John Jarrold said: “I love the protagonist, Shine, a 23-year-old who I think will entrance readers of recent fantasy by authors like Alison Goodman and Victoria Aveyard. There’s an assured lightness of touch here (and some great humour over the openness of the magic wielders’ dealings involving sex) but also some welcome darkness. The larger story is only starting to unfold as this book ends, and we’re talking to Solaris about that too.”

Contact Kate Coe or John Jarrold for further information:

Kate Coe – e-mail: Kate.Coe@Rebellion.co.uk

John Jarrold – e-mail: j.jarrold@btinternet.com phone: 01797 227426

24th June 2019

Campbell Arcade Art Show

The Campbell Arcade, the strange but beautiful little pink tiled throat that links the Desgraves Street entrance to Flinders Street Station, is likely to be modified to make way from the Metro Tunnel though its not clear how much.  Will it remain a refuge for arty types when it is turned into a tunnel linking to the new town hall station or will it be freshened and modernized out of existence?

Till then the Vitrines will continue displaying art.  I really enjoyed Heroines in Petticoats, one of the best displays I’ve seen for a while.

Check it out.

Here is a review by Melbourne Art Critic Mark Holsworth

Heroines Petticoats @ Dirty Dozen

A dozen surreal installations tell a history of Australian women. “Heroines in Petticoats” by Kelly Sullivan, Kirsti Lenthall (Empire of Stuff), Gigi Gordes and Liz Sonntag (Tinky) is an engaging and accessible exhibition that has a coherent and relevant theme.

The height and depth of the dozen vitrines in the pink tiled Campbell Arcade, the Degraves Street underpass to Flinders Street Station has been used to great effect. Too often the Dirty Dozen has been occupied by art students who have alienated the general public, forgetting or ignoring that this space is very public at Melbourne’s central metropolitan railway station. There were several people paying close attention to it when I saw it around midday on Thursday.

The vitrines create a timeline of the lives of Australian women from the colonial era to the present. The heroines of this timeline are not specific women, heroines to represent an era but women in a general non-specific way. This absence of specificity meant that the artists tended to represent white suburban women.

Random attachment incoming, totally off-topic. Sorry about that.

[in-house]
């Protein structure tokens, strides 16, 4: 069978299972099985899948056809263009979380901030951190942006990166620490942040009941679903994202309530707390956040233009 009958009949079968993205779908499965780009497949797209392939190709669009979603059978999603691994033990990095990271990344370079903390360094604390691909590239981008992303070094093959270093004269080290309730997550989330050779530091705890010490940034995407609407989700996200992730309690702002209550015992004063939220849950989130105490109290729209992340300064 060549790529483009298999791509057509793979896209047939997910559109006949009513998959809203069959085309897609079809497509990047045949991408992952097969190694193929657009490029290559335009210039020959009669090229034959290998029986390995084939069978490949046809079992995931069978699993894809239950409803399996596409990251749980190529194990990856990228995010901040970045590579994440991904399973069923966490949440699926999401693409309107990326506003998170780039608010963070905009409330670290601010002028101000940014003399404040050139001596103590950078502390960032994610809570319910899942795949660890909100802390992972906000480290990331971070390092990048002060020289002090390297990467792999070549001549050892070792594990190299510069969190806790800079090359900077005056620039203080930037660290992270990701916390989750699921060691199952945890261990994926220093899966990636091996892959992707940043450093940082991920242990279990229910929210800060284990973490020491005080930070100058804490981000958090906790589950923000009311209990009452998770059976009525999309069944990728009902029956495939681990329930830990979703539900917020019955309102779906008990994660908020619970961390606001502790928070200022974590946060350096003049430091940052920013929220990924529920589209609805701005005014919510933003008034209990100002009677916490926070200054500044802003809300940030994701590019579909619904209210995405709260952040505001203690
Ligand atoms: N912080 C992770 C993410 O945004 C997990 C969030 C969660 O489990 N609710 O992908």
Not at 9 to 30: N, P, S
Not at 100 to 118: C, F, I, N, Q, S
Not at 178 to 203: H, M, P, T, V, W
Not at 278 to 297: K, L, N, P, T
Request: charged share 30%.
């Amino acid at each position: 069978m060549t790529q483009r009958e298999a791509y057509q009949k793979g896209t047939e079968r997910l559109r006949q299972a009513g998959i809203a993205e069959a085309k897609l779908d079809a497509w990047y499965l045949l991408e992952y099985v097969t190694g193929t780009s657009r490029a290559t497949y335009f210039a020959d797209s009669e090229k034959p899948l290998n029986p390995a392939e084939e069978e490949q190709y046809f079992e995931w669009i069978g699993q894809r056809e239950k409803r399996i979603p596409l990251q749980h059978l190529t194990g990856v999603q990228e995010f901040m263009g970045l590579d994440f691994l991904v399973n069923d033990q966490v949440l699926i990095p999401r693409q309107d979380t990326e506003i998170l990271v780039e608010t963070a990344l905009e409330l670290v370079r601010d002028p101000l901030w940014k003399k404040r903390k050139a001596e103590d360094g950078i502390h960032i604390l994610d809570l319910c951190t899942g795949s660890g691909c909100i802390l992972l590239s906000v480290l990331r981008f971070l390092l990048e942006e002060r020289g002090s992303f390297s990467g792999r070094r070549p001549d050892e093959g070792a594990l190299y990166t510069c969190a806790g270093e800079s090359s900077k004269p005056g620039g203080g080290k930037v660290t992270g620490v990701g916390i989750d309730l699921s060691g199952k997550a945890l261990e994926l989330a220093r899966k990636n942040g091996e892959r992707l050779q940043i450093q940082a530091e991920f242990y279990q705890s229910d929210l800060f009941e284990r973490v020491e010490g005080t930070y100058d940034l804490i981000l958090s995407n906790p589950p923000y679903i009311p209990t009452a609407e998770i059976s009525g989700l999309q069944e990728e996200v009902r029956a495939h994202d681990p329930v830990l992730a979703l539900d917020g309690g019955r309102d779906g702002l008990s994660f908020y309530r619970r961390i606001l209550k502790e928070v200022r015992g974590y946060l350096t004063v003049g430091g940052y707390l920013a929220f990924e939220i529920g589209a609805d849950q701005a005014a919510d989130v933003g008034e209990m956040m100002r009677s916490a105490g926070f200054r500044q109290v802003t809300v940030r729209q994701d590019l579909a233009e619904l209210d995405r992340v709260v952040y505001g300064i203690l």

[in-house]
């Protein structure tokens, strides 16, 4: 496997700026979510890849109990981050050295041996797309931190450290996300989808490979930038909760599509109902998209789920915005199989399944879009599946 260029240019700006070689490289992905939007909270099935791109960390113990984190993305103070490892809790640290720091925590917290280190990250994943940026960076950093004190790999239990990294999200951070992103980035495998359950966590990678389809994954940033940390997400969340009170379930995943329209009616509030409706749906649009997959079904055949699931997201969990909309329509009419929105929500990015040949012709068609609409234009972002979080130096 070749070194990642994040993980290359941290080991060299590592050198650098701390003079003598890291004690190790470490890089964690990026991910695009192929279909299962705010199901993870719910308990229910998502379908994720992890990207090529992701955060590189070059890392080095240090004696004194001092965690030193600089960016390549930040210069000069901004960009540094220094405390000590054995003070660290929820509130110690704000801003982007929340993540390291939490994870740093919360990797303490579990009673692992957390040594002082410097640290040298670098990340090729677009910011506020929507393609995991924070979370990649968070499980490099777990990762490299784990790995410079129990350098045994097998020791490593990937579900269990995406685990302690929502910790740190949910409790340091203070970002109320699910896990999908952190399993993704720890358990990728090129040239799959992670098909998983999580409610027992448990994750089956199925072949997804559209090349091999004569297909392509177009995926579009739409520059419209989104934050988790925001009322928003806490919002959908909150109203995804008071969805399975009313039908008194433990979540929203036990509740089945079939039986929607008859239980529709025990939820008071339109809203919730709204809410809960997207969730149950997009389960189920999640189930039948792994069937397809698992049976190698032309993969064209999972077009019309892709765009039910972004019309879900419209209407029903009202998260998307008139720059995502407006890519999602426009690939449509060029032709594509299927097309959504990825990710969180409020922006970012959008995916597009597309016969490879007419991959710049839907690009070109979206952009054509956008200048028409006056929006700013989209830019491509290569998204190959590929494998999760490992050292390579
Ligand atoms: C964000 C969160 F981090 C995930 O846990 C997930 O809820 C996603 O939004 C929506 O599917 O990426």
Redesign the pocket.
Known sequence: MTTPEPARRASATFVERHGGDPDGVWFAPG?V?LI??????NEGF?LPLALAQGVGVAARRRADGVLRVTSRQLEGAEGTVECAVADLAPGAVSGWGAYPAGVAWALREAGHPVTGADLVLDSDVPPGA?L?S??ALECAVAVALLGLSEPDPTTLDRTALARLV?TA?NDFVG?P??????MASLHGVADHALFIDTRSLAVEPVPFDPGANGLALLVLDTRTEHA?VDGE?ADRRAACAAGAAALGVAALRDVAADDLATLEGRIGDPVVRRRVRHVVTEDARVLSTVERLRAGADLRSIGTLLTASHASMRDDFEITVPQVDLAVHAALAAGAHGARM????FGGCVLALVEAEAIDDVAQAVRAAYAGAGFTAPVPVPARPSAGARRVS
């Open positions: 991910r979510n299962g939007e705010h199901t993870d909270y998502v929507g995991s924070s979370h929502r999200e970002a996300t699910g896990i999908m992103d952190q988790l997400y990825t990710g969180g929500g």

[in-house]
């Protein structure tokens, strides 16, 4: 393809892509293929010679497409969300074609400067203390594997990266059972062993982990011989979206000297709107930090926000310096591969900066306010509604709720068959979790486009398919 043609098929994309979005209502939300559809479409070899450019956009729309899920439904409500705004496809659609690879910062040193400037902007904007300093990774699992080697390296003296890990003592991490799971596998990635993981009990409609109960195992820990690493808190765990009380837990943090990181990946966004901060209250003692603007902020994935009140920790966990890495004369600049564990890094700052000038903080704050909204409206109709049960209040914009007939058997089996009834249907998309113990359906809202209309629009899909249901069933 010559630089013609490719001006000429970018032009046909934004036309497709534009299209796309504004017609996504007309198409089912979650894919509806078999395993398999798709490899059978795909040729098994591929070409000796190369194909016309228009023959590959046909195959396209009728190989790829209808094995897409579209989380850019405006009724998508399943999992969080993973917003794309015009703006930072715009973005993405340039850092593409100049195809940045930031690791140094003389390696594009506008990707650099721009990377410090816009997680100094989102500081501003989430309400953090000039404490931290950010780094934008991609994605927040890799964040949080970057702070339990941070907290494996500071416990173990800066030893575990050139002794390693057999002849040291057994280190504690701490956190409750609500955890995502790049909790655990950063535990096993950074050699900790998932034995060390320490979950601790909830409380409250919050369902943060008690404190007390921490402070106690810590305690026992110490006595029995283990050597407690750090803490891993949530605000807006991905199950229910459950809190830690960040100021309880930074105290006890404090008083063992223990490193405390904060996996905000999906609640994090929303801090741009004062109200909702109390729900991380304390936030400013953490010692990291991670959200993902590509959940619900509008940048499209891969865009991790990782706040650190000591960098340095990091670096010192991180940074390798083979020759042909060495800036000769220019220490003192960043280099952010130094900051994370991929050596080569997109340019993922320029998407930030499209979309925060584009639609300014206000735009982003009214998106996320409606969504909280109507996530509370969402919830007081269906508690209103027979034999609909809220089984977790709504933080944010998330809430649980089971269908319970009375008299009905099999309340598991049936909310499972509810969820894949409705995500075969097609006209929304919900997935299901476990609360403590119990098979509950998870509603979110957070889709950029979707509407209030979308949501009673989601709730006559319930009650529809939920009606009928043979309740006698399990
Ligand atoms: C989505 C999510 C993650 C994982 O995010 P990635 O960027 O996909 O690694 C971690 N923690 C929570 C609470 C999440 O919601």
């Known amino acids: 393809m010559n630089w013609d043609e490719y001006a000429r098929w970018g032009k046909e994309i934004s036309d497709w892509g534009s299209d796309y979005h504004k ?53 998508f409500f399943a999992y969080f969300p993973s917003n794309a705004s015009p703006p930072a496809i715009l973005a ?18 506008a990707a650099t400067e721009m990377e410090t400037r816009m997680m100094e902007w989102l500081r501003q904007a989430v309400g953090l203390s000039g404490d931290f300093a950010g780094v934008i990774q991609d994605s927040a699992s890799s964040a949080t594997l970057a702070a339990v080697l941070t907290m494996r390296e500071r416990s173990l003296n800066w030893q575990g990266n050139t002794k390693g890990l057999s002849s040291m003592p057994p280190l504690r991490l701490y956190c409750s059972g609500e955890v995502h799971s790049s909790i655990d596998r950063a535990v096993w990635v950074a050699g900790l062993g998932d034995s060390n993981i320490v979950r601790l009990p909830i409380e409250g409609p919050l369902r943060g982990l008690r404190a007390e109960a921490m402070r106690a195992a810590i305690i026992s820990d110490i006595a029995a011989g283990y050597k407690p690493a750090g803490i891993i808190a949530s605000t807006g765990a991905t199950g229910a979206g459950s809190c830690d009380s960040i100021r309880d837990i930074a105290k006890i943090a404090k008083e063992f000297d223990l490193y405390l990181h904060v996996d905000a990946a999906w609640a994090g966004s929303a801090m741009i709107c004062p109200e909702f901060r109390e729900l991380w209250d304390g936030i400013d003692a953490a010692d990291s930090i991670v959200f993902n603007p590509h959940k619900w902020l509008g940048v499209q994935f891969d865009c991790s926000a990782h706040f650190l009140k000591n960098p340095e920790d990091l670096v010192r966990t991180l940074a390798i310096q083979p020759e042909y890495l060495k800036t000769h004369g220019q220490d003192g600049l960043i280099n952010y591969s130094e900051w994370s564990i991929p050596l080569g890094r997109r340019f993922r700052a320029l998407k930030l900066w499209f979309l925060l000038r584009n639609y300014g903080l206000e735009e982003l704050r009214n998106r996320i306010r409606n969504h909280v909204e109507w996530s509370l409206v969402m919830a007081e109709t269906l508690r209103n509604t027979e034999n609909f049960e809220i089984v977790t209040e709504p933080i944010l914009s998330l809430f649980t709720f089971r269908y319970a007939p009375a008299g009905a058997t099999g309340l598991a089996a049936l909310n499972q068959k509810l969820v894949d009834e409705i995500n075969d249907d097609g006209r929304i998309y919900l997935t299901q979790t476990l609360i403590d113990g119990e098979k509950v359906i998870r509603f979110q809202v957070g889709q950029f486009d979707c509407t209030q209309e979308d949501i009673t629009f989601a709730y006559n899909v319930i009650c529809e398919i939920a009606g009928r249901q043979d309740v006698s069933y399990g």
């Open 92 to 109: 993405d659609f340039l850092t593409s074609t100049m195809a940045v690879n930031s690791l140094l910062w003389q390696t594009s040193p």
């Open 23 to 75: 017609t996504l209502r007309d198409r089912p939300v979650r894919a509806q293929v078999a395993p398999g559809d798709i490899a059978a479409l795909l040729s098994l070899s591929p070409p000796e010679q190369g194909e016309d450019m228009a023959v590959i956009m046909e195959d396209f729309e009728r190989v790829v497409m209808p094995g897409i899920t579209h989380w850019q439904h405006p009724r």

As well as, the timeline there were specific causes associated with specific eras from the anti-conscription movement of the 1910s to the domestic murder rate of today. There was no mention of the temperance movement, as it was a women powered movement, but it is not longer seen as righteous.

Although each of the cases is labelled as the work of specific artists there is a coherent look to the whole exhibition. There are differences Kelly Sullivan’s collage, Kirsti Lenthall’s ceramic decals on plates and impressively on quartz rocks, or Gigi Gordes’s disembodied body parts; hands typing, the eyes on the glasses, mouth on the mug, mouth on the phone (I don’t know why the objects are covered in crochet) and, a few cabinets later, the hands on a glass of wine.

It was Tinky’s work that drew my attention to the exhibition as I know Gigi and Tinky’s art from the street. However, Tinky’s puns were the weakest elements of the exhibition. Written on paper and the little titles didn’t match the style of the rest. Unfortunately her puns give meaning to her tableaus and without them they would just be some odd HO scale model train figures.

About Mark Holsworth

Writer, independent researcher and artist, Mark Holsworth is the author of the book Sculptures of Melbourne.

Wow!

Sandy and a seriously thrilled Jane

Here is the wonderful Sandy from Geelong, costumier extraordinaire, dressed up as Yanimina Tari, The War Raven, one of the main characters in The Three Sisters and The Melded Child. How cool is that! You know you must be doing something right when someone cosplays one of your characters at Supanova.
Thank you so much Sandy. You made my week.
I’d love to acquire the costume when you’re finished with it.

 

A young man’s dream

A young man in a yellow high-vis vest gets off the 4.04 and hovers by the front door peering down the platform. I look at him enquiringly and he nods back at me in a friendly way. But he stays where he is, hovering. Just as I’m starting to wonder what his deal is, the platform clears. He turns, puts his fingers in his mouth, lets out a piercing whistle and jumps back in the train.
Apparently our suburban train service has acquired an unofficial conductor who’s whistling at every stop.
I ask my workmates if they’ve seen him and they’ve all had some brush with him.
“The train driver can’t see through him,” says one. “So I told him to get lost!”
Secretly, I hope to see him again.

Train Conductors Hat from Walmart

The kindness of strangers

Sign found in Coburg Station waiting room.

The middle aged man with the beard and the big coat clearly wanted to chat, but I was at the exciting part of my book and had been looking forward to using the train journey to read it. So I replied politely and then disengaged, firmly gluing my gaze to the page
Further down the line, the man got lucky. I was so enthralled with the conversation I stopped reading.
A young bloke with a skateboard got in and the man started a conversation about his neck chains which moved rapidly onto talking about homelessness.